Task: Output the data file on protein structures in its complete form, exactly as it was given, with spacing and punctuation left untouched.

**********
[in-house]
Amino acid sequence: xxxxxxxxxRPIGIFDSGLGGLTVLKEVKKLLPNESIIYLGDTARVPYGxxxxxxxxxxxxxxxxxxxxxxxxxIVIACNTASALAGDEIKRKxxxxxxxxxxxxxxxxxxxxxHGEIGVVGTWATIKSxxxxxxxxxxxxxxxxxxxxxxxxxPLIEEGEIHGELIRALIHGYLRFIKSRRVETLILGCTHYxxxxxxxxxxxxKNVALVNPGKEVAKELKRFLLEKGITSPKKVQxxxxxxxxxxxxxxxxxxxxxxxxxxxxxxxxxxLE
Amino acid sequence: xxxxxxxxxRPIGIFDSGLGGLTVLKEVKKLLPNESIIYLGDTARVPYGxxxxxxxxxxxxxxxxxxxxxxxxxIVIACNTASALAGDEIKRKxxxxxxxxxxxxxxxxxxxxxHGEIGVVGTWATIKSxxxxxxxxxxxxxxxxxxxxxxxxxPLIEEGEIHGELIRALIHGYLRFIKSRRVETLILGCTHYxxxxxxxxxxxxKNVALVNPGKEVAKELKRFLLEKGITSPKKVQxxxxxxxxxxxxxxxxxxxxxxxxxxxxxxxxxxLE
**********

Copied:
[in-house]
Amino acid sequence: xxxxxxxxxRPIGIFDSGLGGLTVLKEVKKLLPNESIIYLGDTARVPYGxxxxxxxxxxxxxxxxxxxxxxxxxIVIACNTASALAGDEIKRKxxxxxxxxxxxxxxxxxxxxxHGEIGVVGTWATIKSxxxxxxxxxxxxxxxxxxxxxxxxxPLIEEGEIHGELIRALIHGYLRFIKSRRVETLILGCTHYxxxxxxxxxxxxKNVALVNPGKEVAKELKRFLLEKGITSPKKVQxxxxxxxxxxxxxxxxxxxxxxxxxxxxxxxxxxLE
Amino acid sequence: xxxxxxxxxRPIGIFDSGLGGLTVLKEVKKLLPNESIIYLGDTARVPYGxxxxxxxxxxxxxxxxxxxxxxxxxIVIACNTASALAGDEIKRKxxxxxxxxxxxxxxxxxxxxxHGEIGVVGTWATIKSxxxxxxxxxxxxxxxxxxxxxxxxxPLIEEGEIHGELIRALIHGYLRFIKSRRVETLILGCTHYxxxxxxxxxxxxKNVALVNPGKEVAKELKRFLLEKGITSPKKVQxxxxxxxxxxxxxxxxxxxxxxxxxxxxxxxxxxLE